Monday, October 29, 2018

VN Talk: 7'scarlet - Part 2: Hino Kagutsuchi

Hino and Isora are the first two romance options and Hino has a bit of an edge since he's Ichiko's childhood friend and the one who kicks off the story when he suggests they both go to Okunezato. He notices she's been depressed ever since her brother disappeared a year ago and figured she might feel better if she had to chance to investigate the place where he was last seen.

Admittedly, having Hino made the two route restriction at the start more palatable because he is unlikely to offend. He already knows Ichiko, he's supportive of her, and is an all around nice guy. If there's any reason to dislike him, it might be because he's a little too vanilla and all the qualities that make him a good default pick aren't remarkable enough to make him stand out on his own.

I picked him first because I figured he was a safe bet, and Isora ticked me off by trying to get too friendly too fast.

Hino's route is also the best introduction to the game as nearly every member of the cast makes an appearance and sticks around long enough to make an impression. His story lays out a lot of the mysteries around Ichiko and her inability to remember her past, which, though apparent on other routes, don't get nearly as much attention as they do here.

Much of the early portion of the game, prior to route lock, is hanging out with Hino as the two of them check into the hotel and get the lay of the land. Though the other love interests also make brief appearances shortly after they arrive in Okunezato, Hino is the only character who is not a stranger, and the route lock happens when Ichiko decides who to go to the local festival with.

Perhaps unsurprisingly, Hino's route is mostly about Ichiko, because his life revolves around her. Even though he has an incredibly hard time admitting his feelings, it's pretty clear to everyone else (except Ichiko herself) that he's has a thing for her. He wants to look after her, for her to be able to rely on him, and takes it really poorly when he fails to live up to the ideal protector he wants to be.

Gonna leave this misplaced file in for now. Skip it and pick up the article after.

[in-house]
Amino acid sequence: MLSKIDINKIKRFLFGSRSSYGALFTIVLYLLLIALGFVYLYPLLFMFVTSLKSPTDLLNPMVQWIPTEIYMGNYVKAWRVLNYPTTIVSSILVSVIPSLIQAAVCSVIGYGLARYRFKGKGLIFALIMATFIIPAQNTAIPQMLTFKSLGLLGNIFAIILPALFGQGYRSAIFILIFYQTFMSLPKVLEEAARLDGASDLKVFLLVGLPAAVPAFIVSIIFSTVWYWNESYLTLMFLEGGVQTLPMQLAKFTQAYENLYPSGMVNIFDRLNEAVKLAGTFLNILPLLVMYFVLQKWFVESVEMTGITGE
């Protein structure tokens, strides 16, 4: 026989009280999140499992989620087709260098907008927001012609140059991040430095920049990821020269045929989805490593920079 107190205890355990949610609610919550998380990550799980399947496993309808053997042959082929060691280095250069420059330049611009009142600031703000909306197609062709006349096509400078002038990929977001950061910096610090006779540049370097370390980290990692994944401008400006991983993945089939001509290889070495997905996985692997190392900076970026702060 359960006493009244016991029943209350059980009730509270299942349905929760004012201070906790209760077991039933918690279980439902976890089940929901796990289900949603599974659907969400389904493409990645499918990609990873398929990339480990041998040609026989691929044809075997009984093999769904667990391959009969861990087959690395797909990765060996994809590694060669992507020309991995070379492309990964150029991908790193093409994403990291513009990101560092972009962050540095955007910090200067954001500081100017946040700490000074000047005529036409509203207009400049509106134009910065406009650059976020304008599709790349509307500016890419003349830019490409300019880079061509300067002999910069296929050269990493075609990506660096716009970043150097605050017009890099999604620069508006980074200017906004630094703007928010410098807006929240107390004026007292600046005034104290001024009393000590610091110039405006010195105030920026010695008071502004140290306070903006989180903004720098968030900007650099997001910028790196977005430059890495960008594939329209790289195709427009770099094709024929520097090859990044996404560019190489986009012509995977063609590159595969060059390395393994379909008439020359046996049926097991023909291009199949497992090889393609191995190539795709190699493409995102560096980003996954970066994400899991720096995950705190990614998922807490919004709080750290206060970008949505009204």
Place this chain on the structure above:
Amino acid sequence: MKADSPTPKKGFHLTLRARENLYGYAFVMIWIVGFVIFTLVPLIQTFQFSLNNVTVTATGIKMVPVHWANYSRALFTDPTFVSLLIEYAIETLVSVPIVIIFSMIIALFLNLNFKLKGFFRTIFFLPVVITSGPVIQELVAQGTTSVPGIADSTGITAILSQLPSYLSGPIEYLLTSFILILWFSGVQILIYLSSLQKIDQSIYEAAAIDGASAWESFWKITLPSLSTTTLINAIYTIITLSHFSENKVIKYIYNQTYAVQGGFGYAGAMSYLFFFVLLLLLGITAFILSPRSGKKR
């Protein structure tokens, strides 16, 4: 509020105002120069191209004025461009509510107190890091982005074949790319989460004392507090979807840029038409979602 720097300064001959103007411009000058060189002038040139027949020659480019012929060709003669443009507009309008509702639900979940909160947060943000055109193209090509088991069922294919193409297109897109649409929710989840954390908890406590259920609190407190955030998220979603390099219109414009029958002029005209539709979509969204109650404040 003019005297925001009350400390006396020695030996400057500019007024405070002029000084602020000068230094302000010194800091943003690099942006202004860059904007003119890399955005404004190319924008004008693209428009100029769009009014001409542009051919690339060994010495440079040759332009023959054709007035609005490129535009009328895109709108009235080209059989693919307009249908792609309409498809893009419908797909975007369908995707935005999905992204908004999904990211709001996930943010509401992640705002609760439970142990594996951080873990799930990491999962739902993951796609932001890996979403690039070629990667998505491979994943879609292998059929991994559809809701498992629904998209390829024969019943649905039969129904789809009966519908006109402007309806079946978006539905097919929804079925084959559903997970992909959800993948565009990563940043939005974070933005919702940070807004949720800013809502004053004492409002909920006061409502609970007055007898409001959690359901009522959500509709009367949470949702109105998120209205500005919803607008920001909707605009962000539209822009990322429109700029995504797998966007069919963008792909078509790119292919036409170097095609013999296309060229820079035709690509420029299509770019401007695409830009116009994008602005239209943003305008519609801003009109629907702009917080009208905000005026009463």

That's not to say that he's going around getting into fights to defend her honor, but he really wants to look out for her after having failed to do so in their childhood. As kids he convinced her to come in a "haunted house" with him only for the two of them to get caught by a serial killer. He could have pulled the trigger on a gun to save her, but Hino found himself unable to do it, and it was Ichiko's brother who showed up and grabbed the gun to shoot the guy.

The serial killer backstory feels over the top, but at this stage of my playthrough I wasn't sure if there was or was not any supernatural element to the story and I felt like there might be more to it (and there is). After the haunted house episode, Ichiko's brother warned Hino that she would attract others like that serial killer, and if Hino wanted to remain by her he would need to be able to protect her. Since then, Hino has been living in her brother's shadow, feeling like he needs to work hard to make himself worthy.

And the guy works. He goes running every morning and he's fit because he wants to be of use to her at that one moment when she needs it the most.